*The EWG Sunscreen Guide rates the safety and efficacy of sunscreens, daily moisturizers, lip products and SPF-rated makeup.

11 Worst Sunscreens for Kids

excerpted from EWG Sunscreen Guide*

These terrible kid and baby sunscreens have at least three strikes against them:

1) oxybenzone,

2) retinyl palmitate and

3) SPFs above 50+.

Two have a fourth strike: they’re aerosol sprays that can harm sensitive young lungs. Convenient? Yes. Good for kids? Absolutely not.

Banana Boat Clear UltraMist Kids Max Protect & Play Continuous Spray Sunscreen, SPF 110
Coppertone Kids Sunscreen Lotion, SPF 70
Coppertone Kids Sunscreen Stick, SPF 55
Coppertone Kids Wacky Foam Foaming Lotion Sunscreen, SPF 70+
Coppertone Water Babies Sunscreen Lotion, SPF 70+
Coppertone Water Babies Sunscreen Stick, SPF 55
Equate Kids Sunscreen Stick, SPF 55
Kroger Baby Sunscreen Lotion, SPF 70
Kroger Kids Sunscreen Lotion, SPF 70
Neutrogena Wet Skin Kids Beach & Pool Sunblock Spray, SPF 70+
Up & Up Kid’s Sunscreen Stick, SPF 55

*The EWG Sunscreen Guide rates the safety and efficacy of sunscreens, daily moisturizers, lip products and SPF-rated makeup.

12 Worst Sunscreen Lotions

excerpted from EWG Sunscreen Guide*

These sunscreen lotions claim SPFs above 50+ and contain oxybenzone and retinyl palmitate.

Banana Boat Sport Performance Sunscreen Lotion, SPF 100
Coppertone Sport High Performance Sunscreen Lotion, SPF 100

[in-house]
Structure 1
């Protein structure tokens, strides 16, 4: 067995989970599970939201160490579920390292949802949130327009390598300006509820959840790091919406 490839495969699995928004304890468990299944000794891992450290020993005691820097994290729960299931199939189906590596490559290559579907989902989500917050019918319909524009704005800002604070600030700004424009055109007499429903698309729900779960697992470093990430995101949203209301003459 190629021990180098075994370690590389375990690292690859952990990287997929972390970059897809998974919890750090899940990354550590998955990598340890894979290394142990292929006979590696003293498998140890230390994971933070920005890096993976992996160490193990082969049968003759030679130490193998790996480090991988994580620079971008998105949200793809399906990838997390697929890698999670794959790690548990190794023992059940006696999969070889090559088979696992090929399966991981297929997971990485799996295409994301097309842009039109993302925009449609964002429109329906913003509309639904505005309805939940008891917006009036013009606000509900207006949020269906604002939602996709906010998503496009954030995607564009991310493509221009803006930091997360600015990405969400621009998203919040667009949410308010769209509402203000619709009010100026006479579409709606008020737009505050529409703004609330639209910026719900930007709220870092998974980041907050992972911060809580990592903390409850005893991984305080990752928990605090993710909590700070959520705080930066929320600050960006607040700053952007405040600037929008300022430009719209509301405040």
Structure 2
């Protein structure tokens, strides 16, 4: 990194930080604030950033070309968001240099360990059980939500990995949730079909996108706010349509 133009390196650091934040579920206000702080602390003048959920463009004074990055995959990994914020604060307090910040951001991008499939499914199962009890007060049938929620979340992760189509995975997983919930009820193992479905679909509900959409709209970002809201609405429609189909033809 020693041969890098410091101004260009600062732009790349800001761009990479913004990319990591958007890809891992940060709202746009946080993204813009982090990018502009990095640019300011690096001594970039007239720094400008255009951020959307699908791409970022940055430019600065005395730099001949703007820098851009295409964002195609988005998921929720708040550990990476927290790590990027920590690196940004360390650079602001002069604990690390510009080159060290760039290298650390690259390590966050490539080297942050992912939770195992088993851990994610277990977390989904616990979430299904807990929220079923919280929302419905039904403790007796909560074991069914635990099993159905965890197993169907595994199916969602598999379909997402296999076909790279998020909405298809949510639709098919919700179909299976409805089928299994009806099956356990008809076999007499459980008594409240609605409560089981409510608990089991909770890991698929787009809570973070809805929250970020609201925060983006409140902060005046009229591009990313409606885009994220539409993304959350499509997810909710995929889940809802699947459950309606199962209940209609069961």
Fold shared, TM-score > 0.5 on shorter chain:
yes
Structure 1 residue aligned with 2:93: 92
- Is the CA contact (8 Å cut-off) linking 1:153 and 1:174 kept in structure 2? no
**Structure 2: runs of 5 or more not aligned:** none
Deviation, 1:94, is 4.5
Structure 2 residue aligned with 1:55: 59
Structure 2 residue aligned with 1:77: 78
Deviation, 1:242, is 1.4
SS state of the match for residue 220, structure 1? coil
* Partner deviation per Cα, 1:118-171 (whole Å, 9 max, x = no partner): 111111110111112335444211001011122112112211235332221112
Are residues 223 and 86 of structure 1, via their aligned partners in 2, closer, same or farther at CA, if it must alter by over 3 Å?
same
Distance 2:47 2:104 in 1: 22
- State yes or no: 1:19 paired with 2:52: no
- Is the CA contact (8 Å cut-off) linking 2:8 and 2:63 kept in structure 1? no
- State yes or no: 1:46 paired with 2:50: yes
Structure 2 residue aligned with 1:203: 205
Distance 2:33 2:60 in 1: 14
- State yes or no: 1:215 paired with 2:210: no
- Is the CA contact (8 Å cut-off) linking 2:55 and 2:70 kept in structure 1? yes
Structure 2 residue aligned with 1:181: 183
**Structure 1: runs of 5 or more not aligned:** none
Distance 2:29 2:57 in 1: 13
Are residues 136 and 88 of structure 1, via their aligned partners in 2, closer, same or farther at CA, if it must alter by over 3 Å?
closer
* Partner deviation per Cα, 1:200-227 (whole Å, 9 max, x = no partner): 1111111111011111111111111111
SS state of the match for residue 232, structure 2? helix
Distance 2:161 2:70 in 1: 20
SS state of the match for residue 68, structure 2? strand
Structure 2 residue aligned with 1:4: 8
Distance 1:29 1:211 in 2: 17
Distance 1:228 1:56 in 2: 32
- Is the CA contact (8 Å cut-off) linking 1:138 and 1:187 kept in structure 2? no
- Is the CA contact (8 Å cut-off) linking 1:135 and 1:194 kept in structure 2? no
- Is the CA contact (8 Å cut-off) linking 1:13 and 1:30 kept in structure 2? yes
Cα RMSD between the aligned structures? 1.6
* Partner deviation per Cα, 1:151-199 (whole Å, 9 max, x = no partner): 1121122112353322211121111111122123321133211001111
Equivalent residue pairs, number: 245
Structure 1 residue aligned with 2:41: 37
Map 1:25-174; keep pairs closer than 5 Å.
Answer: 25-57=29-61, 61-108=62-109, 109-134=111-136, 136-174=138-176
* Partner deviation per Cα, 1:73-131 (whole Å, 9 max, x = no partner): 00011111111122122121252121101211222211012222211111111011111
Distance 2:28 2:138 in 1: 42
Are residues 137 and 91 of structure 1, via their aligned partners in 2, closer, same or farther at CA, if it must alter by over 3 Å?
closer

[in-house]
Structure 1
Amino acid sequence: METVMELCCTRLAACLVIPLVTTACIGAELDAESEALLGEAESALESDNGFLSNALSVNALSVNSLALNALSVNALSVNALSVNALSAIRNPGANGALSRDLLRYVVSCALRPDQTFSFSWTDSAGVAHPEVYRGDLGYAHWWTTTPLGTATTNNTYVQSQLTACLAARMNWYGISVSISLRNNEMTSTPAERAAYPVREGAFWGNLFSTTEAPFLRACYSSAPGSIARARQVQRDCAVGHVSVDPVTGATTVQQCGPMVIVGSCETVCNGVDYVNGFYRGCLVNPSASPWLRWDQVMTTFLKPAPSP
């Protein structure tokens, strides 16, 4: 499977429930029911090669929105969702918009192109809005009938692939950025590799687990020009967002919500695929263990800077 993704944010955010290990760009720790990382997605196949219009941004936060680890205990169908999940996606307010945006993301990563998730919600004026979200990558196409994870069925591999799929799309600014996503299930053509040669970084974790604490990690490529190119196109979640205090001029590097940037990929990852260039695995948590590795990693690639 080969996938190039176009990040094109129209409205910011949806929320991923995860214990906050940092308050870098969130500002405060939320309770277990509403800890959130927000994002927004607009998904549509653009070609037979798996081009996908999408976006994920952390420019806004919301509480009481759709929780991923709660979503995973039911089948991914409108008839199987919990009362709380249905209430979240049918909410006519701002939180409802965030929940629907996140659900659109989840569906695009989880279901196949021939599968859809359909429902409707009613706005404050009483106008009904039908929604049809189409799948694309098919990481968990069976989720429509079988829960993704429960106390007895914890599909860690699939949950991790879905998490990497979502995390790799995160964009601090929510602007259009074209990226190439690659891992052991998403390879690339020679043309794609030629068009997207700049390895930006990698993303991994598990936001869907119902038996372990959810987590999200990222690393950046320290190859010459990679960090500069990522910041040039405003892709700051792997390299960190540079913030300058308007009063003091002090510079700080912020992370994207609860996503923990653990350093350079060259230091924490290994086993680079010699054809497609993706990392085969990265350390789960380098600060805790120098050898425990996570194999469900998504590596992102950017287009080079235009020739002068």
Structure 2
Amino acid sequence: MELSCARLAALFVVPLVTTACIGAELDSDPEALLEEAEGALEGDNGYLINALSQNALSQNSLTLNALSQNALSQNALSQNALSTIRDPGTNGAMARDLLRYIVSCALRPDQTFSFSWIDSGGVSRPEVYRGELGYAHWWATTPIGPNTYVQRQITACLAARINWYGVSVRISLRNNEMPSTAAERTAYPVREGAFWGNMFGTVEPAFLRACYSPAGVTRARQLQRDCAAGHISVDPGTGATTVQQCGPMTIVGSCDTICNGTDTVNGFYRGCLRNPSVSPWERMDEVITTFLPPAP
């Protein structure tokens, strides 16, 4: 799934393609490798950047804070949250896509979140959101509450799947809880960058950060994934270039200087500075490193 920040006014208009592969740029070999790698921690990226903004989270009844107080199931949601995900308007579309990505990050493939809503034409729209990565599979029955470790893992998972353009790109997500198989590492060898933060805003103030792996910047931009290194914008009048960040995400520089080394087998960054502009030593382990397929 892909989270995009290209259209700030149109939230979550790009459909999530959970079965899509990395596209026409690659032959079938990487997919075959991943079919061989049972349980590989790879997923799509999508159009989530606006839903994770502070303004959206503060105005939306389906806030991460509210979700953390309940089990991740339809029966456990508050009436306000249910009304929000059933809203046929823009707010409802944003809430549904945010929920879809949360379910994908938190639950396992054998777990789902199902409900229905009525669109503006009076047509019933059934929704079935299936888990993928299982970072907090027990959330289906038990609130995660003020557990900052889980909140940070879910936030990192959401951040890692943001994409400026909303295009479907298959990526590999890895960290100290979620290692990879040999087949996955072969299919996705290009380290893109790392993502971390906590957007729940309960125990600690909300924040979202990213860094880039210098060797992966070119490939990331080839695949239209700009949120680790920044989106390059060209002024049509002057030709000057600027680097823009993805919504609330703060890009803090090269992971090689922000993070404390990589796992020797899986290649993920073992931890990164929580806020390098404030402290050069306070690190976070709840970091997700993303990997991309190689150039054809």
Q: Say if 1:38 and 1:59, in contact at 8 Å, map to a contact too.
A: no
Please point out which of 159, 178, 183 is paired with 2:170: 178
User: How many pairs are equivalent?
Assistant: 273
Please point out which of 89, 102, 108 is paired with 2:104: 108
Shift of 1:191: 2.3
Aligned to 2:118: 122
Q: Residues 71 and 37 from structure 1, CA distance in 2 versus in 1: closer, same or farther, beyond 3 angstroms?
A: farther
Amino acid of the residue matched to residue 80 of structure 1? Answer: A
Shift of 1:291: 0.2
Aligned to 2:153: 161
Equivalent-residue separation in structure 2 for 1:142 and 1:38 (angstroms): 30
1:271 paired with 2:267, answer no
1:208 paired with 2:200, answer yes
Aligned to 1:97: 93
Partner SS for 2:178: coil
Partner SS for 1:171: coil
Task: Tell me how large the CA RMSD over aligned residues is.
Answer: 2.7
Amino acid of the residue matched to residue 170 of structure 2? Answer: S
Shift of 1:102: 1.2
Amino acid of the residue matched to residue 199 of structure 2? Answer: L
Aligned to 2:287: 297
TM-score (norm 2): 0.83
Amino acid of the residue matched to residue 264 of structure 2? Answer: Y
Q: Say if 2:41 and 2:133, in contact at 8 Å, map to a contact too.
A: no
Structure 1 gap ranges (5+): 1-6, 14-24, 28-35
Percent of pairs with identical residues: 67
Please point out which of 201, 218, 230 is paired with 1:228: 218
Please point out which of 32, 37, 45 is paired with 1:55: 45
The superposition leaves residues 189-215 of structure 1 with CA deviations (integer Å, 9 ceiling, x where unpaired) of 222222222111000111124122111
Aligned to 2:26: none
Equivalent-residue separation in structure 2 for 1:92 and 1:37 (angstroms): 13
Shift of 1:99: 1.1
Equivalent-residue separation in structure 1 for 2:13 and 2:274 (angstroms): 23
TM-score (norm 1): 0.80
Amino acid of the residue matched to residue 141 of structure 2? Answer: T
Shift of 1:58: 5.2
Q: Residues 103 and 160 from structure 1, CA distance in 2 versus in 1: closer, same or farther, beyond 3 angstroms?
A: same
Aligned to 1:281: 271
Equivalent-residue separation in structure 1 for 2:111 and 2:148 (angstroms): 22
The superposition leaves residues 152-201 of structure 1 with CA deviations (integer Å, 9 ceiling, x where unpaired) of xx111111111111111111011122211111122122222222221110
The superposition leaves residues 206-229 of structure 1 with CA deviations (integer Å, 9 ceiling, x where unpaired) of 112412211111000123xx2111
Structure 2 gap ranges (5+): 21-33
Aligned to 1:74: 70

Coppertone Sport High Performance Sunscreen, SPF 75
Coppertone Sport Sunscreen Stick, SPF 55
Coppertone Ultra Guard Sunscreen Lotion, SPF 70+
CVS Sport Sunstick Sunscreen, SPF 55
CVS Sun Lotion Sunscreen, SPF 100
CVS Sun Lotion Sunscreen, SPF 70
Neutrogena Ultra Sheer Daily Liquid Sunscreen, SPF 70
NO-AD Sunscreen Lotion, SPF 60
NO-AD Sunscreen Lotion, SPF 85
Ocean Potion Protect & Nourish Sunscreen Lotion, SPF 70

*The EWG Sunscreen Guide rates the safety and efficacy of sunscreens, daily moisturizers, lip products and SPF-rated makeup.

An Esthetician Can Lead You To Proper Products

Featured Image -- 220After a facial, the skin appears fresh and clean. It has been cleared of clogged pores and dead skin cells, skin pigmentations have been buffed and diminished, and dehydrated skin has been rehydrated.

But facials and skin-rejuvenating treatments aren’t the only services your skin care specialist can offer. She also can guide you through the maze of “beauty” gimmicks and trends in an attempt to create manageable skin care goals you can easily continue at home.